Despite immense talent, B.J. Upton has had a mostly disappointing career. Not bad, mind you, but disappointing. Early on there was difficulty finding him a position on the field, which hampered his development. And then shoulder problems sapped his power. We received a glimpse of Upton's potential in 2007 when he hit .300/.386/.508. Another year removed from shoulder surgery and with some tweaks to his swing, it looks as if Upton's power has finally returned. His .242/.330/.440 line won't blow you away, but there are reasons to be bullish about the Tampa Bay Rays 25-year-old center fielder.

Late last year, TMI contributor R.J. Anderson wrote a post over at DRaysBay in which he broke down Upton's swing. He noticed that Upton was swinging with his shoulder flying open, which hurt him on outside pitches and prevented him from driving the ball to the opposite field.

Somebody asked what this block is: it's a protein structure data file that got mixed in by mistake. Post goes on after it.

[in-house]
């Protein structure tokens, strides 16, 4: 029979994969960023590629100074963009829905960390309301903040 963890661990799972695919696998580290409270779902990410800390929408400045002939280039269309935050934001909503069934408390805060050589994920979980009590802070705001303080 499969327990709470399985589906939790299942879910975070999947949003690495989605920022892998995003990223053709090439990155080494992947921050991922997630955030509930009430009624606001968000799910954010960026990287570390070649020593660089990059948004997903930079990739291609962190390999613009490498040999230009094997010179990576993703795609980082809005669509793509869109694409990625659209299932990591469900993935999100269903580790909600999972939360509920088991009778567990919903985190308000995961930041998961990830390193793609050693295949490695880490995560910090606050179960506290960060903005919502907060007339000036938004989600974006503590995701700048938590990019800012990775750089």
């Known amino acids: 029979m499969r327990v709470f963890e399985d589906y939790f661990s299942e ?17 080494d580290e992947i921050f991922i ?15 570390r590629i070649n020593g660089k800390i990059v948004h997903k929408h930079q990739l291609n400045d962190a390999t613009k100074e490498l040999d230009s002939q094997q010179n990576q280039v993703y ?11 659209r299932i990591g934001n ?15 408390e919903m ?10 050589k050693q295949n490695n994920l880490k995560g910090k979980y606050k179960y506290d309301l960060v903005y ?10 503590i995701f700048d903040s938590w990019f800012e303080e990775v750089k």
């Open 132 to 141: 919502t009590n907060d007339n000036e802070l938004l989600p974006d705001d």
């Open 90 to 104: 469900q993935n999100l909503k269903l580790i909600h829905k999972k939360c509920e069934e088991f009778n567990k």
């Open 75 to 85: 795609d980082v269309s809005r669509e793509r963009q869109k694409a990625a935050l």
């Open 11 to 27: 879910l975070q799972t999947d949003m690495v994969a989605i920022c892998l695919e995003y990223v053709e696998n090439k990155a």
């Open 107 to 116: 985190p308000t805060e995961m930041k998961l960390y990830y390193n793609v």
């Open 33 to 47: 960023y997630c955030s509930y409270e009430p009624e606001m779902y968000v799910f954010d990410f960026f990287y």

This year, his shoulders look more level as his bat comes through the zone, and appear more in sync with the lower half of his body. His swing, always fast due to his powerful and quick wrists, doesn't have the same odd hitch it had last season, and it's allowing him to drive the ball to all fields.

A total of 39 percent of his balls in play have gone to left field, 34 percent have gone to right and  27 percent to center.

Upton was mostly a pull hitter last year, but he's using the whole field thus far this season, which is promising. Also, his batting line is better than you think. For starters, Upton's batting average on balls in play is .273. Considering his career number is .338, and he's probably been a bit unlucky thus far. More notable is his isolated power, which currently sits at .198 after hovering around .130 the past two seasons. The last time it approached .200 was his aforementioned 2007 season, when it was .209.

Upton's 2007 season hinted that there was a potential monster player there. If he's finally over his shoulder problems, as it appears he is, Tampa Bay's offense, which is already loaded, would be downright scary.

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